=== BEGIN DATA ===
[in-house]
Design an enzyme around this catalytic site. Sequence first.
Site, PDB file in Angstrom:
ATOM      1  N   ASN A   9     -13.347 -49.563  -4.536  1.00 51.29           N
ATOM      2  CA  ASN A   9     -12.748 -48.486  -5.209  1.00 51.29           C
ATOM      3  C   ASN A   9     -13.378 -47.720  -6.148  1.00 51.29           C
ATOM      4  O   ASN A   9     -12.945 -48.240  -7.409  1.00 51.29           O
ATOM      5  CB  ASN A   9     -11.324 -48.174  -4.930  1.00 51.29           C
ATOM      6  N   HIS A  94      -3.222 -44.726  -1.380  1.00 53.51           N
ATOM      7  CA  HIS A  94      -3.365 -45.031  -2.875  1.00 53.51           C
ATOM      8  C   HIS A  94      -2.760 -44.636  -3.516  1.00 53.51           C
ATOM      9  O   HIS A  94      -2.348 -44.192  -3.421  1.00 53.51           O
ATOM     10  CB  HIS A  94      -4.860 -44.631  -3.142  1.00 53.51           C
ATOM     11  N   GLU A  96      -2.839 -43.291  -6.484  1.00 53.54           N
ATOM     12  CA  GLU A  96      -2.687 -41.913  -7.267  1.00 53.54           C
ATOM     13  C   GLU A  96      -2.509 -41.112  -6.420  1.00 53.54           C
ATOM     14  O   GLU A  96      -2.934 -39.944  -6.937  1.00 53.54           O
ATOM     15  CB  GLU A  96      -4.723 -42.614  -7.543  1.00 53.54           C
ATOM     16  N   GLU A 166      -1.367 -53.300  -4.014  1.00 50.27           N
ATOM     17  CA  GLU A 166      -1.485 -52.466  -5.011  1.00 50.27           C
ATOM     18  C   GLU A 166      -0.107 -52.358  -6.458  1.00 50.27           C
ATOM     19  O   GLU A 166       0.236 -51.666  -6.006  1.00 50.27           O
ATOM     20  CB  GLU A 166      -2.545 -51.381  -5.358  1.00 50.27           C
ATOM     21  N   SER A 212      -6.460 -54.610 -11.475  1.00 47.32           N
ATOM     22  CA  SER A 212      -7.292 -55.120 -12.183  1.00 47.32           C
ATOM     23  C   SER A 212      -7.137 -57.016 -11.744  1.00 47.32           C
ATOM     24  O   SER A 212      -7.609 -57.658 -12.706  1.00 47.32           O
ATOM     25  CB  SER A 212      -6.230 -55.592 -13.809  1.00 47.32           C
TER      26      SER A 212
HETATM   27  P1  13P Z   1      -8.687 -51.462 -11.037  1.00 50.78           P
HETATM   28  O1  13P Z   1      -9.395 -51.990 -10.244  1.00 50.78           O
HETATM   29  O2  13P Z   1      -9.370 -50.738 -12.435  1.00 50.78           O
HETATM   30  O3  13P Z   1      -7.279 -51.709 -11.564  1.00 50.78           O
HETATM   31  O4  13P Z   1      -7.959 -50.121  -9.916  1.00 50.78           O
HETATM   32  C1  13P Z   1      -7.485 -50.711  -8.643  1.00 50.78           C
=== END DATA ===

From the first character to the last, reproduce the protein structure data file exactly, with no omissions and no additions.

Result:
[in-house]
Design an enzyme around this catalytic site. Sequence first.
Site, PDB file in Angstrom:
ATOM      1  N   ASN A   9     -13.347 -49.563  -4.536  1.00 51.29           N
ATOM      2  CA  ASN A   9     -12.748 -48.486  -5.209  1.00 51.29           C
ATOM      3  C   ASN A   9     -13.378 -47.720  -6.148  1.00 51.29           C
ATOM      4  O   ASN A   9     -12.945 -48.240  -7.409  1.00 51.29           O
ATOM      5  CB  ASN A   9     -11.324 -48.174  -4.930  1.00 51.29           C
ATOM      6  N   HIS A  94      -3.222 -44.726  -1.380  1.00 53.51           N
ATOM      7  CA  HIS A  94      -3.365 -45.031  -2.875  1.00 53.51           C
ATOM      8  C   HIS A  94      -2.760 -44.636  -3.516  1.00 53.51           C
ATOM      9  O   HIS A  94      -2.348 -44.192  -3.421  1.00 53.51           O
ATOM     10  CB  HIS A  94      -4.860 -44.631  -3.142  1.00 53.51           C
ATOM     11  N   GLU A  96      -2.839 -43.291  -6.484  1.00 53.54           N
ATOM     12  CA  GLU A  96      -2.687 -41.913  -7.267  1.00 53.54           C
ATOM     13  C   GLU A  96      -2.509 -41.112  -6.420  1.00 53.54           C
ATOM     14  O   GLU A  96      -2.934 -39.944  -6.937  1.00 53.54           O
ATOM     15  CB  GLU A  96      -4.723 -42.614  -7.543  1.00 53.54           C
ATOM     16  N   GLU A 166      -1.367 -53.300  -4.014  1.00 50.27           N
ATOM     17  CA  GLU A 166      -1.485 -52.466  -5.011  1.00 50.27           C
ATOM     18  C   GLU A 166      -0.107 -52.358  -6.458  1.00 50.27           C
ATOM     19  O   GLU A 166       0.236 -51.666  -6.006  1.00 50.27           O
ATOM     20  CB  GLU A 166      -2.545 -51.381  -5.358  1.00 50.27           C
ATOM     21  N   SER A 212      -6.460 -54.610 -11.475  1.00 47.32           N
ATOM     22  CA  SER A 212      -7.292 -55.120 -12.183  1.00 47.32           C
ATOM     23  C   SER A 212      -7.137 -57.016 -11.744  1.00 47.32           C
ATOM     24  O   SER A 212      -7.609 -57.658 -12.706  1.00 47.32           O
ATOM     25  CB  SER A 212      -6.230 -55.592 -13.809  1.00 47.32           C
TER      26      SER A 212
HETATM   27  P1  13P Z   1      -8.687 -51.462 -11.037  1.00 50.78           P
HETATM   28  O1  13P Z   1      -9.395 -51.990 -10.244  1.00 50.78           O
HETATM   29  O2  13P Z   1      -9.370 -50.738 -12.435  1.00 50.78           O
HETATM   30  O3  13P Z   1      -7.279 -51.709 -11.564  1.00 50.78           O
HETATM   31  O4  13P Z   1      -7.959 -50.121  -9.916  1.00 50.78           O
HETATM   32  C1  13P Z   1      -7.485 -50.711  -8.643  1.00 50.78           C